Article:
“They were really cold trails which made it hard,” he admits.
“They had a lot of problems like… they weren’t in touch with their families and it took a long time for people to think they were missing. They’d call-in in December and they’d say, ‘The last time I talked to her was March.’”
Some files were quite thorough; others weren’t. Some of that was because the victims were hard to track down; others because the work just wasn’t done.
“I felt really horrified. I don’t think it was a lack of caring… it was a perfect storm of not enough resources, people going off sick, and just generally not being around,” Shenher reveals.
According to the National Missing Persons Coordination Centre, approximately one-third of missing persons go missing more than once.
“The more times [a woman] goes missing, it increases her risk of being a victim,” Shenher says, explaining it was the opinion of some that some missing people don’t want to be found.
“It’s not good enough to say ‘she’s probably hiding from this guy.’ Who is this guy and why is she scared?”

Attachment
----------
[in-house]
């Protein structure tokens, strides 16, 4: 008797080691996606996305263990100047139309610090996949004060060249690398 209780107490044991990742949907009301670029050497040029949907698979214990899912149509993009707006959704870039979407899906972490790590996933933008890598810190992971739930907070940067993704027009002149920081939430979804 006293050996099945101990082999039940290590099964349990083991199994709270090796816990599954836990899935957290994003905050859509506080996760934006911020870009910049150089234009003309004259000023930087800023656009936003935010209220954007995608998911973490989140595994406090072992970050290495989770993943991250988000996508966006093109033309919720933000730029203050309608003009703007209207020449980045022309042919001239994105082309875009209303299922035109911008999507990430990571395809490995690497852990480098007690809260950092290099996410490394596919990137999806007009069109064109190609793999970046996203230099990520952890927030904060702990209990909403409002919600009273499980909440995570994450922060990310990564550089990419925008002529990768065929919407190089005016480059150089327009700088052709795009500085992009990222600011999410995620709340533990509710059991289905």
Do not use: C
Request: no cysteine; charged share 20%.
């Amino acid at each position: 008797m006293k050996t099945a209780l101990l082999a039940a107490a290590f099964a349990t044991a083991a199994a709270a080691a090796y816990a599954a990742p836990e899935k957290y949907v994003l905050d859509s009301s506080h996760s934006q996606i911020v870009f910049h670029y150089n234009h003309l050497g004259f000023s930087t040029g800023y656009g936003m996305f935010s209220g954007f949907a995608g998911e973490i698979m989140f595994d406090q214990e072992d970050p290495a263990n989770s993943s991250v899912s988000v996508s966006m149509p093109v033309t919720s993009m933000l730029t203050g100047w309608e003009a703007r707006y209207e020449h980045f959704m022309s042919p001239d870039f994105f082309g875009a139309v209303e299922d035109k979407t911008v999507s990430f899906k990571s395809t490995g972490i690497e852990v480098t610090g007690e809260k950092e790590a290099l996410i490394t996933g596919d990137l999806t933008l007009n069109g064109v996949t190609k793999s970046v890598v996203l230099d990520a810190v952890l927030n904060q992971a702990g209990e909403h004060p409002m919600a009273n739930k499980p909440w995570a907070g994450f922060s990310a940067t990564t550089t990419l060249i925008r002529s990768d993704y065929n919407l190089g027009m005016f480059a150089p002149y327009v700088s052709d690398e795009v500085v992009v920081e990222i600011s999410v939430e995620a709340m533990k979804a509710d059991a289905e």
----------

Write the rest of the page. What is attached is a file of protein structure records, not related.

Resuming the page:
THE WOMEN VERSUS ‘THE GUY’
On Shenher’s second day at the Missing Person’s desk, he got a call on the Crimestoppers tip-line about a man named “Willie” Pickton.
“This guy phoned in, and he said ‘[“Willie” Pickton] lives in Coquitlam, he has a farm, I think he’s responsible for the missing women. He has bloody clothing and bags out there; he has a grinder.’”
Shenher looked up a file on Robert “Willie” Pickton. He found two stayed charges of attempted murder and forcible confinement. He was known to sex workers on the Downtown Eastside as a “bad date.”
“It was like ‘Bingo! This guy has done this before.’ This was our guy.”
At that time, there were 17 women missing from the Downtown Eastside. Sparely detailed missing persons reports made it difficult for Shenher to track them down. Later, as many as 31 women were identified as missing, and 27 of them would be confirmed dead.